Individuality Is Universal by Stephen Raney


Existential psychology is defined and explored in terms of three basic factors:

1. Time and space;

2. Subject/object duality; and

3. Individual will.

Time and space are experienced physically through the senses of the individual; space in terms of the immediate environment, and time in terms of motion or change. They relate to the physical body and its integration into a physical environment. Biological facts such as genetic heritage need not be considered by the existing individual in good health. The thinker must be aware of his thoughts, since they are under his supervision, but he has no need to be aware of his brain activity, any more than a healthy person needs to be concerned with the activity of the gastric juices. The functioning of internal organs and systems is primarily automatic. He does, however, need to be aware of his immediate physical environment.

Consideration of the subject/object duality brings into focus the central significance of self-consciousness in all individual/social relations. Each individual is necessarily at the center of his or her own worldview, and every worldview belongs to an individual or individual group.

The will is related to the fact that we are not only conscious of ourselves and others within a changing environment, we act within that environment. Adler’s Individual Psychology is the most useful starting point for an understanding of the will, since he illuminates the action of the will in the existential context, even in the simplest childhood cases.

An assessment of circumstances and a consideration of others may or may not precede the action of the will. The will is individual and therefore as various in expression as the psychologies of which it is a part. In addition to the will to power, there is a will to love, a will to know, and many other expressions of the will, including some that are perverse.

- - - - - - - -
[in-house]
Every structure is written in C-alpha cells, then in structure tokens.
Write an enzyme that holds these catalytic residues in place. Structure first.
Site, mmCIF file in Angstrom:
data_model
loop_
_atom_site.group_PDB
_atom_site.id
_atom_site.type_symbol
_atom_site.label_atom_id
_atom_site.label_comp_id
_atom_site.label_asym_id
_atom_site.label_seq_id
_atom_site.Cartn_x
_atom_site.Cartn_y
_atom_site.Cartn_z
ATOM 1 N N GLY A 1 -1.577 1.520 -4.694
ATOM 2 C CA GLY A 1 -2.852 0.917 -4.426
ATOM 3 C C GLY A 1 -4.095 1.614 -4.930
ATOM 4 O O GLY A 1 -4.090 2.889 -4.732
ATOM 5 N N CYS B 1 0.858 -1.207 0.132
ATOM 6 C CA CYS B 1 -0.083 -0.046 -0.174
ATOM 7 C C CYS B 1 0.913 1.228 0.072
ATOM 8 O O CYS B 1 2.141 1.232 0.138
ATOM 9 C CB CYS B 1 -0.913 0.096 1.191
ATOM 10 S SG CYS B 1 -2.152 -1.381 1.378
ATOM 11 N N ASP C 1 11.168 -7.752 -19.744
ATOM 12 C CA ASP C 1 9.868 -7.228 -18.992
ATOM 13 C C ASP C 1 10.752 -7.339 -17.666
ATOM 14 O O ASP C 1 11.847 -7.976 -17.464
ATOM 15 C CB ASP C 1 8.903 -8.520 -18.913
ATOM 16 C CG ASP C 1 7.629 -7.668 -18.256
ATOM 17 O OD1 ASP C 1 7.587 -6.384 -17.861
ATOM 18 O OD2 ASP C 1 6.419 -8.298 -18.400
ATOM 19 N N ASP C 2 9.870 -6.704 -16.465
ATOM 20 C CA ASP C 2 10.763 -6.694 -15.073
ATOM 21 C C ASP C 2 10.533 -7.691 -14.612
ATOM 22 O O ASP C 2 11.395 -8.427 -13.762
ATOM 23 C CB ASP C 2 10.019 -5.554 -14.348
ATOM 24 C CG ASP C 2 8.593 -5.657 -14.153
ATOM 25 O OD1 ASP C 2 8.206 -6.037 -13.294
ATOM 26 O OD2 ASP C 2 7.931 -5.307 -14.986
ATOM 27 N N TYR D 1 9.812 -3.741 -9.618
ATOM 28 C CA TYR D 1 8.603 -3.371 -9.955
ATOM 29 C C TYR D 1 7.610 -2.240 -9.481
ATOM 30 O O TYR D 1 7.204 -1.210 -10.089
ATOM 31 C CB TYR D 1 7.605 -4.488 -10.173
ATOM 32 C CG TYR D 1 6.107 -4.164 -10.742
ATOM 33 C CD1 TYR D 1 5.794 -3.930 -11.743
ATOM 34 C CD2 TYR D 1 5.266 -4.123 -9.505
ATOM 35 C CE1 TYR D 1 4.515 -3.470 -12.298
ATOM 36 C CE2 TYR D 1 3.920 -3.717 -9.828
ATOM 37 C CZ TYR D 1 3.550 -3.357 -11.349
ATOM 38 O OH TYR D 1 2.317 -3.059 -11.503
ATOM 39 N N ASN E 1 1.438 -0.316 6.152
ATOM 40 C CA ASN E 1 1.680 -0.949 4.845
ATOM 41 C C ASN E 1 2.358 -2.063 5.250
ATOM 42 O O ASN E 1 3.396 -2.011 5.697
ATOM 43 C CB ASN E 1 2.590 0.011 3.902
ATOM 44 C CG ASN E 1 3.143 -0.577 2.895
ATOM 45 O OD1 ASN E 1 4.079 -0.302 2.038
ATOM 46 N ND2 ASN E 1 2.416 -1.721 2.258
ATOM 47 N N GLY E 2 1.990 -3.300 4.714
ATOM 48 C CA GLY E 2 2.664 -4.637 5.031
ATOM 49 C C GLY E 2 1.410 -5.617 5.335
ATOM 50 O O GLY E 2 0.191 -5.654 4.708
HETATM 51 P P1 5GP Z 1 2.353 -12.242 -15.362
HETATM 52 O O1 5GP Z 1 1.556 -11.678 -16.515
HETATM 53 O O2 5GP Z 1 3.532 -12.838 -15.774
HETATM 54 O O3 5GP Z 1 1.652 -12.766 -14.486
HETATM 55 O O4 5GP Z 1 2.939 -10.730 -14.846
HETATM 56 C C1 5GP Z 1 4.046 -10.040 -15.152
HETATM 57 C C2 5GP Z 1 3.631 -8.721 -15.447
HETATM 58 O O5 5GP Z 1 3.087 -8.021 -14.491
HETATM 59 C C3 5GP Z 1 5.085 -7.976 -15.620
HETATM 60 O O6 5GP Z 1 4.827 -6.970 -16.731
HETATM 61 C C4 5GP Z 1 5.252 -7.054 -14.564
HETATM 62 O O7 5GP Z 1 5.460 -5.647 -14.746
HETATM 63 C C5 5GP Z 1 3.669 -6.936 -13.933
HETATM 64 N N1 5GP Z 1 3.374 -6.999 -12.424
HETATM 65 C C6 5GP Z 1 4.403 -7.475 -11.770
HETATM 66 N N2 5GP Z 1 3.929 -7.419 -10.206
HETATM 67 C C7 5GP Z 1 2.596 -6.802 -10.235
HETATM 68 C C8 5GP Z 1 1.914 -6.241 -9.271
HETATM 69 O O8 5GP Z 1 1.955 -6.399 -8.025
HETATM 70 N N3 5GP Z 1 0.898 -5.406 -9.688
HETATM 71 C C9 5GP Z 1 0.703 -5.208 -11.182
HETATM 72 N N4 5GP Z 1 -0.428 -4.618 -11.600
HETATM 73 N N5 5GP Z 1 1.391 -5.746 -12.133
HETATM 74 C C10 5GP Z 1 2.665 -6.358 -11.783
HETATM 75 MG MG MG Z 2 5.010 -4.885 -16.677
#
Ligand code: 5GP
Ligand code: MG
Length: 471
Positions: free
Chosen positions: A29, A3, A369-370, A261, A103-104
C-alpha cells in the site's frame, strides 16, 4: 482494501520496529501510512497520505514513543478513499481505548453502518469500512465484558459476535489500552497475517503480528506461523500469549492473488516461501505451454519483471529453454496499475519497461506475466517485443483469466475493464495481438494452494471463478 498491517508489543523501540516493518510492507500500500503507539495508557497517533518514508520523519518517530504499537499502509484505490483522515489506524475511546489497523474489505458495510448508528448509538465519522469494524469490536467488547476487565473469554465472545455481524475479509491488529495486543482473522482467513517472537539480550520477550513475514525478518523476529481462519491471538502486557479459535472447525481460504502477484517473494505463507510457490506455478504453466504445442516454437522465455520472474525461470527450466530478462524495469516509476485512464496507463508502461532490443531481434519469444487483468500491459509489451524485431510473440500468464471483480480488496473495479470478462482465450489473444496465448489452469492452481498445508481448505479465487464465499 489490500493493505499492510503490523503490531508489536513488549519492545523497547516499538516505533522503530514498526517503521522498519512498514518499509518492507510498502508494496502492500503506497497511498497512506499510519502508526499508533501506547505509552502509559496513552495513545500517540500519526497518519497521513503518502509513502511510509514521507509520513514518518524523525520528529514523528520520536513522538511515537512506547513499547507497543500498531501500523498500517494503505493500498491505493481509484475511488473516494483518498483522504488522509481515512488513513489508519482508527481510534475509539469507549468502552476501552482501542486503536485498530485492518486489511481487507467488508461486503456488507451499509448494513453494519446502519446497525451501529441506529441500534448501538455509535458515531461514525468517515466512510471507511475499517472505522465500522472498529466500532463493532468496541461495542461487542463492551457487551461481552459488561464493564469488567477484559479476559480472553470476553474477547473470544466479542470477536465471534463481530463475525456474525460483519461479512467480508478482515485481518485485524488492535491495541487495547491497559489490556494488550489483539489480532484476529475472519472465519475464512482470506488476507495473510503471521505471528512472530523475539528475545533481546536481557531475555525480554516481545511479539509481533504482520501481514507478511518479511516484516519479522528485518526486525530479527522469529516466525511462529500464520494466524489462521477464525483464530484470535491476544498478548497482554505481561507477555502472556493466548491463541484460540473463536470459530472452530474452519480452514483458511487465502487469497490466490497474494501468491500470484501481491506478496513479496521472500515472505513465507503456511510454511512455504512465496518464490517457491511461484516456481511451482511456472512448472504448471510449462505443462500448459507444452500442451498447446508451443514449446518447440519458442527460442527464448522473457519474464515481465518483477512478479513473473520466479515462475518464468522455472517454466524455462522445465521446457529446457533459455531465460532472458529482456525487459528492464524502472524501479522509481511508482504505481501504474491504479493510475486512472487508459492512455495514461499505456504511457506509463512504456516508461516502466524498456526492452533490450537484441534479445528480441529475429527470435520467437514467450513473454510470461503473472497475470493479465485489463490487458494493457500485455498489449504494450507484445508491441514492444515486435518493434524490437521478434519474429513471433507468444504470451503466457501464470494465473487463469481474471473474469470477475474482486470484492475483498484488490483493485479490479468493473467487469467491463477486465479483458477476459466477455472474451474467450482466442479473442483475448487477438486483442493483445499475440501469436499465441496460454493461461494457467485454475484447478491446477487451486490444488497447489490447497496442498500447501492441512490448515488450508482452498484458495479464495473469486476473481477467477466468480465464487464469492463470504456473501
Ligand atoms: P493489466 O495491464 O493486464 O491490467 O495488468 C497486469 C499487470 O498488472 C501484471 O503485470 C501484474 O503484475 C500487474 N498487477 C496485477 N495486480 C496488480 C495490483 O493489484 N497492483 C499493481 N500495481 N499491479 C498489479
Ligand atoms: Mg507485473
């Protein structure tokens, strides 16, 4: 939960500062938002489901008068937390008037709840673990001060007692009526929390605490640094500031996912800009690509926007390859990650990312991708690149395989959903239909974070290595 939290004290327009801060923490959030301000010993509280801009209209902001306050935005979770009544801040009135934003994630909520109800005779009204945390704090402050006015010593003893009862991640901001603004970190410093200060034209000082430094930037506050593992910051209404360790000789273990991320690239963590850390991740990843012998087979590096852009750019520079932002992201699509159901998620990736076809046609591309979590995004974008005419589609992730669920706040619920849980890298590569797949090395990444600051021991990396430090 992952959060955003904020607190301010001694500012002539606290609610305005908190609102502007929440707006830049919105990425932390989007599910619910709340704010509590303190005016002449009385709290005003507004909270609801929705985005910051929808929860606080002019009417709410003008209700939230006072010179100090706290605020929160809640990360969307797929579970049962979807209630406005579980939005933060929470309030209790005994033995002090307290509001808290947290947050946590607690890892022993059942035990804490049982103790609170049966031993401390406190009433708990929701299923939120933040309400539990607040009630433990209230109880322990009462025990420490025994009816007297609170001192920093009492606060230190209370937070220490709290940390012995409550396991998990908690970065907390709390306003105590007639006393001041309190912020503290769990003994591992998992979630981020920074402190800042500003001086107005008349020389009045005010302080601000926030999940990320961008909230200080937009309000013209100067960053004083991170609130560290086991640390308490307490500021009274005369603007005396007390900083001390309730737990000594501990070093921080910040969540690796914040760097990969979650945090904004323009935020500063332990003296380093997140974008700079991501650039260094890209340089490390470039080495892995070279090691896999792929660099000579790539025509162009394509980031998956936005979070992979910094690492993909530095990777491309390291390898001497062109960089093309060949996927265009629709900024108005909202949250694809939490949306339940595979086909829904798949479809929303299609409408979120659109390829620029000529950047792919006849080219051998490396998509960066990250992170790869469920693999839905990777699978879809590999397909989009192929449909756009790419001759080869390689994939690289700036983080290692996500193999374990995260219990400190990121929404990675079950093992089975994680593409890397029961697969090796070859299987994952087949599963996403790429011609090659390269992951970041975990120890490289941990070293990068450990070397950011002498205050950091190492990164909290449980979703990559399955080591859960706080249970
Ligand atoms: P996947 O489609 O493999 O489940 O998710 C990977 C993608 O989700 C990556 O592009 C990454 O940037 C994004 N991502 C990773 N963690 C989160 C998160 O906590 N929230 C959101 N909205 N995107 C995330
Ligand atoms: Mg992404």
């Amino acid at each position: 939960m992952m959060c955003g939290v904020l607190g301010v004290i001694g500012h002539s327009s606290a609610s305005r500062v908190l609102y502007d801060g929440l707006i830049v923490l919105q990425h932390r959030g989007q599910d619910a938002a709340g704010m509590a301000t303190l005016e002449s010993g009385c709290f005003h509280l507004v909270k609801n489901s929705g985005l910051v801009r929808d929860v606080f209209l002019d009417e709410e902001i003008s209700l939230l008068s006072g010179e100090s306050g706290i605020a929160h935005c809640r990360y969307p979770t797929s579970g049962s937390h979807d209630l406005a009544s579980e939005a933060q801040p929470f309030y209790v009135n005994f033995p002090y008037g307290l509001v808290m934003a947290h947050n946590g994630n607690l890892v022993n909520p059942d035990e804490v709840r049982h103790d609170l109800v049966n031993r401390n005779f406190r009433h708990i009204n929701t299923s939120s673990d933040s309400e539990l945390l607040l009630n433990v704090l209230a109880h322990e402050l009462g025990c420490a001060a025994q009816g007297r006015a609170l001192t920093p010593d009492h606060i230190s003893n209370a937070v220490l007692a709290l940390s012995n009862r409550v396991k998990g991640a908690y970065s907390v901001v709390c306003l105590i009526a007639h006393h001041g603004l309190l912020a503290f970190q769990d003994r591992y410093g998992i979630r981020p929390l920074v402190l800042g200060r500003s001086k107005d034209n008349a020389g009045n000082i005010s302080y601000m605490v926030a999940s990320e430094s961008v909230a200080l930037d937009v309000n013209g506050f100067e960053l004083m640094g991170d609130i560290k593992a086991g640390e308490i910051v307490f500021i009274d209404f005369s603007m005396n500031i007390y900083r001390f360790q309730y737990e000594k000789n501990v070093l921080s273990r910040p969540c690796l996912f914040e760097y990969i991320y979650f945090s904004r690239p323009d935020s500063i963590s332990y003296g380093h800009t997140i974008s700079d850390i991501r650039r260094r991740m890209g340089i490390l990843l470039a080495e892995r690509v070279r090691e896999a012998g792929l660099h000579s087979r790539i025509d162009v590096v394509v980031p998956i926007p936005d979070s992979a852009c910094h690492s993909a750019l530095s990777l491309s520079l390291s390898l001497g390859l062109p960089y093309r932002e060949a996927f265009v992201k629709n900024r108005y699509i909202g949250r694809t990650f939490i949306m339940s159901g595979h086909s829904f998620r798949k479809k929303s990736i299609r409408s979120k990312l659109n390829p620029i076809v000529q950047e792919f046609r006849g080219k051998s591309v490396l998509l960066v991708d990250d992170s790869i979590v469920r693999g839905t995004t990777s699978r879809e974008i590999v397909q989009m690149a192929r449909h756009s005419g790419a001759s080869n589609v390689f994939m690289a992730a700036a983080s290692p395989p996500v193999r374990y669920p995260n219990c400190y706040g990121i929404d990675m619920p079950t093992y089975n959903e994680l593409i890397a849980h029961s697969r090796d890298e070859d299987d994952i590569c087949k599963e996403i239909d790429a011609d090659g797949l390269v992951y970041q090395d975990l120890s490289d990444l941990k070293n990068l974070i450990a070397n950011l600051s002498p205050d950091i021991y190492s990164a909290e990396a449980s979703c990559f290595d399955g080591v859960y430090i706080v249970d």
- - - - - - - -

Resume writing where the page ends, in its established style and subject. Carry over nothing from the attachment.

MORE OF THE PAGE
Scientific psychology is critiqued from the existential perspective. It is central to the thesis of the writer that scientific psychology has demonstrated an obtuseness relative to existential facts. These are not of secondary interest but have primary significance in human existence.

The differences between "the two psychologies" are clarified, and this critique is extended, finally, to the evolutionary theories that are derived from each perspective. As existential psychology is conceived as the neutral ground between material and spiritual perspectives, there are not two but three classes of evolutionary theories to be considered: materialist, existential and spiritualist.

The significance of existential psychology can be seen in the fact that it is the ground of human judgment, relative to the more extreme perspectives. The value of any material science must be determined from the existential context of the present. Likewise, any “received wisdom” must find its validation in the context of existence.

Post a Comment

Share your thoughts with ANN..

Previous Post Next Post